Applications should contain genuinely new ideas, techniques or highly novel applications of existing ideas and techniques. The instrument should, as far as possible, be a stand-alone device and might be an outcome of a previous extensive research programme. The scheme aims to support innovative development, rather than pure research.
Research must be within the Royal Society’s remit of natural sciences, which includes but is not limited to biological research, chemistry, engineering, mathematics and physics. For a full list, please see the breakdown of subject groups and areas supported by the Royal Society.
Am I eligible to apply?
To be eligible to apply, you must:
- hold a PhD
- be either a UK citizen or be resident in the UK
- have sufficient tenure in your post to cover the duration of the award
Before applying, please ensure that you meet all the eligibility requirements, which are explained in the scheme notes.
What is the scheme’s value and tenure?
The scheme provides up to £75,000 for between one and three years.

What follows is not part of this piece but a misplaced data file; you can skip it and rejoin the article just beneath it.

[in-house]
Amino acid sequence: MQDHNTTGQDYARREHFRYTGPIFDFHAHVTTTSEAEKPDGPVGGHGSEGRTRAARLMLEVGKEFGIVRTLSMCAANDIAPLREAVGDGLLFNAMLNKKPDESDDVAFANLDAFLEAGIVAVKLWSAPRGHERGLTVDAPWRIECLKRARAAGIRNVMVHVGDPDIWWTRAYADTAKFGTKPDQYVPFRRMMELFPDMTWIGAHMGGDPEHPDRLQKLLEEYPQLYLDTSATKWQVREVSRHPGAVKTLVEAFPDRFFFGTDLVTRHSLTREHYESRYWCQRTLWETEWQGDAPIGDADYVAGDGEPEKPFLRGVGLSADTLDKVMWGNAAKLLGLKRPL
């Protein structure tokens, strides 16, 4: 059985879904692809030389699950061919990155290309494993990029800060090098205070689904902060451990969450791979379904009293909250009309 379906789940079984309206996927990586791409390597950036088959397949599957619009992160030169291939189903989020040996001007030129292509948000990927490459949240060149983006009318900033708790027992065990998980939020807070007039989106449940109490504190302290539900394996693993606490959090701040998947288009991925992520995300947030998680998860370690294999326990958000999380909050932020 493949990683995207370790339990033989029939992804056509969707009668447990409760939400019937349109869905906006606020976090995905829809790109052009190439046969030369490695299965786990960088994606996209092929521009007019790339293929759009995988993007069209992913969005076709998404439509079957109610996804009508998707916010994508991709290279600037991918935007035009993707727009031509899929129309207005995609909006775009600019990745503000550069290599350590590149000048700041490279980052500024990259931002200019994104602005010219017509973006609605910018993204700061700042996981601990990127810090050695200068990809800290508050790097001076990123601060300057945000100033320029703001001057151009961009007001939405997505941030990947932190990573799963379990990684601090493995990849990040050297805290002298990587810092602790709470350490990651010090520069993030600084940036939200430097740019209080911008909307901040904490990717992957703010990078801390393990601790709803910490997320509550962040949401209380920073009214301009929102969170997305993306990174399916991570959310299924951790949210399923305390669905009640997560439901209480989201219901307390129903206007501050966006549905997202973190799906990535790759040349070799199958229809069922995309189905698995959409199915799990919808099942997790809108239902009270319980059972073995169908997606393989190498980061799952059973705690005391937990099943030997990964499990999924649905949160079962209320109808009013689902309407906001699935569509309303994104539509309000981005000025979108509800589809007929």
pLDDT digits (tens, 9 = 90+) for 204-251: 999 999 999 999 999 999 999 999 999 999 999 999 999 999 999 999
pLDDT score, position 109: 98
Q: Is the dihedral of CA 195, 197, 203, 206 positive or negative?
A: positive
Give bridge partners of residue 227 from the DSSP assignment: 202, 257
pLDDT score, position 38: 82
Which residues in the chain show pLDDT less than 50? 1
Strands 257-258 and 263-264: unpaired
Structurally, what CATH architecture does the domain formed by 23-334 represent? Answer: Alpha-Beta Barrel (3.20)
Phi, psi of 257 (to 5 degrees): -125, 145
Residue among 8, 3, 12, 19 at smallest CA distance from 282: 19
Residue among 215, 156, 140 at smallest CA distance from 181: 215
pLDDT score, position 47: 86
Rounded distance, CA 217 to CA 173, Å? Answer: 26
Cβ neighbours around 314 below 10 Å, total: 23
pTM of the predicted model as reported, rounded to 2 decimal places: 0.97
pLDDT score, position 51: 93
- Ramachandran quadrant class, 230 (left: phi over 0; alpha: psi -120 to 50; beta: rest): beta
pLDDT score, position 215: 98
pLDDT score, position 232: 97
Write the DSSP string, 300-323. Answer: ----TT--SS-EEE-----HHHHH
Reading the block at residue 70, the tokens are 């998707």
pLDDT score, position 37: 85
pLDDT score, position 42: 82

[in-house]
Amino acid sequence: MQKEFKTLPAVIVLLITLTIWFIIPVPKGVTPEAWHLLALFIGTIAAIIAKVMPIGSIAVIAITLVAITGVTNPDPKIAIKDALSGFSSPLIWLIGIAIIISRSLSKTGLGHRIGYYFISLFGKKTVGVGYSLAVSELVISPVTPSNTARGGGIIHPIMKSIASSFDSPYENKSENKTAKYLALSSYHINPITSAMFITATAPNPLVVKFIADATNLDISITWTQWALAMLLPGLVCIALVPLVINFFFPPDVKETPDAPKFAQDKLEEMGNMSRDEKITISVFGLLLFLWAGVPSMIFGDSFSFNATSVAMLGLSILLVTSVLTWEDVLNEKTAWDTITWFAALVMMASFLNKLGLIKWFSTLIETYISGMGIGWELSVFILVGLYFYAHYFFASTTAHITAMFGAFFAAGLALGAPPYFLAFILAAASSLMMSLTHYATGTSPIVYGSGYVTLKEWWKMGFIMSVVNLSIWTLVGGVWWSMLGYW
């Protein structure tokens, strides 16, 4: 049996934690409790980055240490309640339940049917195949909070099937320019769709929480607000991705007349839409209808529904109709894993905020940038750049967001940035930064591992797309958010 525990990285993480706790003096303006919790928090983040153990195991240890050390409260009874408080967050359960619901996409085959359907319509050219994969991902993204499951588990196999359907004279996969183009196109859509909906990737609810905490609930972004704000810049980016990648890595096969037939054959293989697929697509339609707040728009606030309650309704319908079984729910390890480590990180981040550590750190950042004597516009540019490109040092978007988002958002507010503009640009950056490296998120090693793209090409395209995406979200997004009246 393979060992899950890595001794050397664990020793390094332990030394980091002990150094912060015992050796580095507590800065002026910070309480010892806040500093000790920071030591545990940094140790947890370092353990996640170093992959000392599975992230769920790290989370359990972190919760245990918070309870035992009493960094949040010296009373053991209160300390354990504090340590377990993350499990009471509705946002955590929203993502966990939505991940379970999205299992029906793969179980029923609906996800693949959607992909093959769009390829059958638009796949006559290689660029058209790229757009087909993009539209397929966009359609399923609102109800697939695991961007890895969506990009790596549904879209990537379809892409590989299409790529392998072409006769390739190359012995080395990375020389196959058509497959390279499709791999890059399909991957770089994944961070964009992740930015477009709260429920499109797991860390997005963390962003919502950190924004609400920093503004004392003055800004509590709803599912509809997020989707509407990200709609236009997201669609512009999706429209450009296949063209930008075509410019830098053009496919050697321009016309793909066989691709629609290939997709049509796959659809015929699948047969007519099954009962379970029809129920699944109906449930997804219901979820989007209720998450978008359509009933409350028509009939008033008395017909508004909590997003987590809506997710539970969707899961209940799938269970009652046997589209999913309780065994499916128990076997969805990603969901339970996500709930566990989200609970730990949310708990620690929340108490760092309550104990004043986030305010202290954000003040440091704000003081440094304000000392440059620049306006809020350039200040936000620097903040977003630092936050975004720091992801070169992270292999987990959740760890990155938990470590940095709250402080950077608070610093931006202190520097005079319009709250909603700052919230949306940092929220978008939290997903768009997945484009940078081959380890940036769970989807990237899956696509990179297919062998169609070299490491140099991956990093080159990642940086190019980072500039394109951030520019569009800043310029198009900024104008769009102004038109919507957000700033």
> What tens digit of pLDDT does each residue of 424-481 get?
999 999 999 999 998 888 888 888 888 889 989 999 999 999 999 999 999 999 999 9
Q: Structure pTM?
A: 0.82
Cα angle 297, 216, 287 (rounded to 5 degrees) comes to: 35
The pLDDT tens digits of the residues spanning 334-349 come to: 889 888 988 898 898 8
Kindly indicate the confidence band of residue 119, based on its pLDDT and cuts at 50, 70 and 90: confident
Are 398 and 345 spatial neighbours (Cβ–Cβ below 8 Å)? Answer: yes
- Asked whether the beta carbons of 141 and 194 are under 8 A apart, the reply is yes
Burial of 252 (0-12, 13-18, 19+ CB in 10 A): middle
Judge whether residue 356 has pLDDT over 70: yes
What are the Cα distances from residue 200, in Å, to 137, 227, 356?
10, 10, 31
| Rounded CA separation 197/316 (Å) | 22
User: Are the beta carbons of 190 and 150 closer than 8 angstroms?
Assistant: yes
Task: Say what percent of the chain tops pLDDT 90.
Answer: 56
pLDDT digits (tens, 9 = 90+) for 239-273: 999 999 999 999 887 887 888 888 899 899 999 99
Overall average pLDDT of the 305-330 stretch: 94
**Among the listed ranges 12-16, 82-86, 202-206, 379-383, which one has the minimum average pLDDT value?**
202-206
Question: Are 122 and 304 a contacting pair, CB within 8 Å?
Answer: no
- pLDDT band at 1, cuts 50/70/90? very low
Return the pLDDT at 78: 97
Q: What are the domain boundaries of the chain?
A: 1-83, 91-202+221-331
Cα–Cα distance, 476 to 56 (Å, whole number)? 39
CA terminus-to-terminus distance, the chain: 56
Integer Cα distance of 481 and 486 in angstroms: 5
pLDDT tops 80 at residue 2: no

What is the application process?
Applications should be submitted through the Society’s grant management system Flexi-Grant®.
Your application will go through the process detailed on the Making a grant application page overseen by the Paul Instrument Fund panel, which includes representatives of the Royal Society, the Institute of Physics and the Institution of Engineering and Technology.
After an initial review, an assessor is assigned to visit the short-listed applicants to discuss the application and make a recommendation to the panel. The panel then meets to discuss the recommendations of the assessor.
We are committed to supporting applicants with disabilities. If you require a reasonable adjustment during the application process, please contact the team firstname.lastname@example.org to let us know.
For more information regarding the scheme, please contact the Grants Team on email@example.com or call us on +44 20 7451 2666.